One day after US strikes in Iraq and Syria, US and UK hit Houthi targets in Yemen

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(BT)– With the assistance of a number of other nations, the United States of America and the United Kingdom have carried out attacks against Houthi targets in Yemen using an assortment of air and surface assets, including fighter jets. It has been reported by two officials from the United States that at least thirty targets were struck over ten different locations.

An official stated that the targets included command and control, an underground weapons storage facility, and other armaments that were utilized by the Houthis in order to strike international trade channels.

According to a joint statement issued by the United States of America and the United Kingdom, along with Australia, Bahrain, Canada, Denmark, the Netherlands, and New Zealand, “Our goal remains to de-escalate tensions and restore stability in the Red Sea.

However, let us reiterate our warning to Houthi leadership: we will not hesitate to continue to defend lives and the free flow of commerce in one of the world’s most critical waterways in the face of continued threats.”

An official from the United States informed CNN that two destroyers from the United States fired Tomahawk missiles as part of the strikes on Houthi sites in Yemen. During the mission, the land-attack cruise missiles were fired from the USS Gravely and USS Carney, both of which are guided missile destroyers of the Arleigh Burke class.

Also Read:-U.S. aircraft attack Iraqi and Syrian targets with ties to Iran

The United States has not directly targeted Iran in an effort to avert a regional war with Tehran. Instead, it has targeted some of Iran’s most powerful proxies in the area.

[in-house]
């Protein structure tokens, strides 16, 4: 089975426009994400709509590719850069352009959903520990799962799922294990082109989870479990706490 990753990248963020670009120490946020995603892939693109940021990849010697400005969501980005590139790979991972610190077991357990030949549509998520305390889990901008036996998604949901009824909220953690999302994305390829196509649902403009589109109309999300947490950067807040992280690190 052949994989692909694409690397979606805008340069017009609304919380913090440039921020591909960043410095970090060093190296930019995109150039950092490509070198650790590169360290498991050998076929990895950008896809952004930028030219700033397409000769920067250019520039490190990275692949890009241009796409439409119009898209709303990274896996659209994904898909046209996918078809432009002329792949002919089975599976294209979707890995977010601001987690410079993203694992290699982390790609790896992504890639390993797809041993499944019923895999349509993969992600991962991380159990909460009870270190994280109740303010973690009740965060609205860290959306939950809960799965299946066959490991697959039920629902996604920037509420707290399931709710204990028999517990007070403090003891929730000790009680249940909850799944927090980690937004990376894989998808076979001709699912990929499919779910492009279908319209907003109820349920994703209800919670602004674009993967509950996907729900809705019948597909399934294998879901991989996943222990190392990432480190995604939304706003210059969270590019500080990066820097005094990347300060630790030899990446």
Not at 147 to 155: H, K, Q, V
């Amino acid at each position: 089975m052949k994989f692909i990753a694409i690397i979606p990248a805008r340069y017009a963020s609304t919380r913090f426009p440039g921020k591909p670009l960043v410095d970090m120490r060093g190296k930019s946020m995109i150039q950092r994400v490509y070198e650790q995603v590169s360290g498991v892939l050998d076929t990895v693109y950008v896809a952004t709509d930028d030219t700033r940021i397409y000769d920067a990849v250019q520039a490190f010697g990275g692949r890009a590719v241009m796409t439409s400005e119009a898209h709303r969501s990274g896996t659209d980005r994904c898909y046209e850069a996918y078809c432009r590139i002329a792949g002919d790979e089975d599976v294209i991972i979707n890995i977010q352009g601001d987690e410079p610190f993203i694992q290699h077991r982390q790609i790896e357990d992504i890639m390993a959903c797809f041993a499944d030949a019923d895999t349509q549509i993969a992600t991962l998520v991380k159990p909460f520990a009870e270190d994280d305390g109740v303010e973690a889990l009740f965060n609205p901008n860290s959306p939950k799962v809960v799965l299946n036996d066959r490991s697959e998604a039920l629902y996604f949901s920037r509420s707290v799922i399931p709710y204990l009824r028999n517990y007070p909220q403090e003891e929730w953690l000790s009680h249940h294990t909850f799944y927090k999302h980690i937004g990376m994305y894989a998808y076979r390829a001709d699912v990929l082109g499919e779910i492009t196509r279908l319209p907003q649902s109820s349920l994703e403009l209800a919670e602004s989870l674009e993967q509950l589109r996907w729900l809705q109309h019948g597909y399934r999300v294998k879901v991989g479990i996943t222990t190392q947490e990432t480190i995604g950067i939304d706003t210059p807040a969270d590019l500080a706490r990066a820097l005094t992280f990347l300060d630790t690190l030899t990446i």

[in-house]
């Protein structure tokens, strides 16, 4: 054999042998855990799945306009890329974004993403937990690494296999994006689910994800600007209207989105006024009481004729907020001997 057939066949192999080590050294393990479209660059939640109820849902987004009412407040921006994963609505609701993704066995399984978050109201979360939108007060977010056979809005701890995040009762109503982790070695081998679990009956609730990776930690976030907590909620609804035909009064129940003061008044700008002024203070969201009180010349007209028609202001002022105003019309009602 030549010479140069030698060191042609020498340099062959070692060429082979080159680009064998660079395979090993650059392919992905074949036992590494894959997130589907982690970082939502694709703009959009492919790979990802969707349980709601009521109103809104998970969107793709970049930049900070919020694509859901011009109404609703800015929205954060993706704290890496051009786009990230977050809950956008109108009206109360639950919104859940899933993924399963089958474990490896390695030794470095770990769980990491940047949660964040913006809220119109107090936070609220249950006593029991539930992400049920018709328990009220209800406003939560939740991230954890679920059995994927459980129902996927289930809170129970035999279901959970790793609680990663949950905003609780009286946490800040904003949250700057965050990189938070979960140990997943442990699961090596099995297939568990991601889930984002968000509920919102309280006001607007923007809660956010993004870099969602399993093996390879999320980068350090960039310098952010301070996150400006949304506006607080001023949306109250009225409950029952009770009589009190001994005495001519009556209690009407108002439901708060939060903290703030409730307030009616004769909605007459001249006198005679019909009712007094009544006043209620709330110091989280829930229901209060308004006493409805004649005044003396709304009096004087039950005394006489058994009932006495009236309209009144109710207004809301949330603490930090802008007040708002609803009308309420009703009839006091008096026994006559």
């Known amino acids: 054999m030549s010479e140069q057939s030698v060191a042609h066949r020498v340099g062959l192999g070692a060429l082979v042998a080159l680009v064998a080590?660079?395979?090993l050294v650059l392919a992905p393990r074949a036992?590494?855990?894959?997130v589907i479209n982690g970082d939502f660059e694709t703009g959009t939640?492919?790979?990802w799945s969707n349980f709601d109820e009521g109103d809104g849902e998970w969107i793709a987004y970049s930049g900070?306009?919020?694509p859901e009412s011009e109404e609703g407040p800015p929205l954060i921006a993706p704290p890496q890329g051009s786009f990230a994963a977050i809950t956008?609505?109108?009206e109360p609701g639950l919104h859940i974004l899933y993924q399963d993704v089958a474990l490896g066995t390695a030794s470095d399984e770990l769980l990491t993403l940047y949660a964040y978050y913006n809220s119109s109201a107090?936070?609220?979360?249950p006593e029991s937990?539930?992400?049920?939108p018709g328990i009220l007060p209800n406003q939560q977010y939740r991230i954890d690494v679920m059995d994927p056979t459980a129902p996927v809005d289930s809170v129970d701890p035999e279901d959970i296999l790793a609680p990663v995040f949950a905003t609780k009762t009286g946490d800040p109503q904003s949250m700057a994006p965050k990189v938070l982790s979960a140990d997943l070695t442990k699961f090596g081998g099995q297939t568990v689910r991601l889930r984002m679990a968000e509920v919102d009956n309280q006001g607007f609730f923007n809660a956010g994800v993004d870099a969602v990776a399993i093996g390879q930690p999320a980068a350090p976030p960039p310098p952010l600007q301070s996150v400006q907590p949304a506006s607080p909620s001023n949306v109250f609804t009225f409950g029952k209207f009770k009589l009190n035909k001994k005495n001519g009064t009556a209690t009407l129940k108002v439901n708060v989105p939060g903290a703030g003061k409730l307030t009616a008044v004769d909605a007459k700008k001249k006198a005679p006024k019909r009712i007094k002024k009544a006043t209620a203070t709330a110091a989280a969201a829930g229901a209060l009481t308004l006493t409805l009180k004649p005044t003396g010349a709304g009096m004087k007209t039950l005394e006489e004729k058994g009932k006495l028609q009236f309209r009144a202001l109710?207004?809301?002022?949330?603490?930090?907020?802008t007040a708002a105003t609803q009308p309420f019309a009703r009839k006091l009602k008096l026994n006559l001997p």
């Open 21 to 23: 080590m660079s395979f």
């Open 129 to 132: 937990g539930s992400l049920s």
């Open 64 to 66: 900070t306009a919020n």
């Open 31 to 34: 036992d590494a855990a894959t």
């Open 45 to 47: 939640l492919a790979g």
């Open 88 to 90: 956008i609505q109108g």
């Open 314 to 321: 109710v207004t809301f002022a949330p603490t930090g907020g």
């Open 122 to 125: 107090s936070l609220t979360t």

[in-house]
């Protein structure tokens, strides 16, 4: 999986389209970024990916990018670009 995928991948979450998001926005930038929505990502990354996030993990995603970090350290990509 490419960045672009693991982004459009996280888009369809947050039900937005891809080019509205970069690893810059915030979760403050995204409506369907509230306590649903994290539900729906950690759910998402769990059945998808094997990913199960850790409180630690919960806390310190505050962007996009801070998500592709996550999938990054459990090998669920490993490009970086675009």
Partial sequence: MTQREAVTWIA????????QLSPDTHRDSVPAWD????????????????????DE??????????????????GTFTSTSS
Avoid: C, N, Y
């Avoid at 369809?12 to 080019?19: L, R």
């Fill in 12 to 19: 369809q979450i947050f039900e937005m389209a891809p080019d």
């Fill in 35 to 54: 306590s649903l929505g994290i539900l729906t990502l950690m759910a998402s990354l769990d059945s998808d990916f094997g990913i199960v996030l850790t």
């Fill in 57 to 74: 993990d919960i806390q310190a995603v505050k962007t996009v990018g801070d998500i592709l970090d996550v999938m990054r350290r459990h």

One day after US strikes in Iraq and Syria
US-led coalition bombs Yemen in reaction to Houthi Red Sea invasion on February 3, 2024. PHOTO: CNN

CNN has claimed that this is an indirect method of trying to convey a message to the leadership of Iran, which has become increasingly anxious about the acts of some of the militant organizations that it supports. Iran provides various militias with varying degrees of funding, arms, and supplies; nevertheless, the Iranian leadership does not directly manage these groups.

The strikes in Yemen are distinct from the attacks that have taken place in Iraq and Syria. The former is a reaction to the continued attacks that the Houthis have been carrying out on international maritime lanes and US warships in the Red Sea, while the latter is a retaliation for an attack that has resulted in American personnel being killed.

The two, however, are directed at Iranian-backed forces in the Middle East.

Also Read:- U.S. Strikes 85 Targets at 7 Sites in Iraq and Syria Against Iran and Allies

The most recent strikes, according to the Secretary of Defense of the United States of America, Lloyd Austin, “are intended to further disrupt and degrade the capabilities” of the Islamic State of Yemen militia.

This is the third time in recent weeks that the United States and the United Kingdom have bombed Houthi targets as part of a combined operation. The strikes began on Saturday.

A total of around thirty Houthi locations were attacked by the two military on January 11. After a period of less than two weeks, the United States and the United Kingdom attacked an additional eight locations.

In an effort to undermine the capability of the rebel group supported by Iran to assault international maritime channels in the Red Sea and the Gulf of Aden, which are some of the most important waterways in the world, the earlier strikes targeted weapons storage facilities and radar installations belonging to the Houthi organization.

The Houthis, on the other hand, have maintained their defiance, pledging that following the most recent wave of strikes led by the United States, they are “more determined to confront” what they have referred to as “aggressors” from the United States and the United Kingdom.

Smaller assaults on Houthi armaments have been carried out by the United States in addition to the larger-scale strikes that have been carried out against Houthi targets. On Friday, United States forces were able to destroy four Houthi drones that, according to the United States Central Command, were ready to launch and constituted a “imminent threat” to shipping lanes and aircraft carriers of the United States.

A total of eight drones were brought down by United States military forces on the same day, which included a guided missile destroyer and an F/A-18 fighter plane. These drones were shot down over the Red Sea and the Gulf of Aden.


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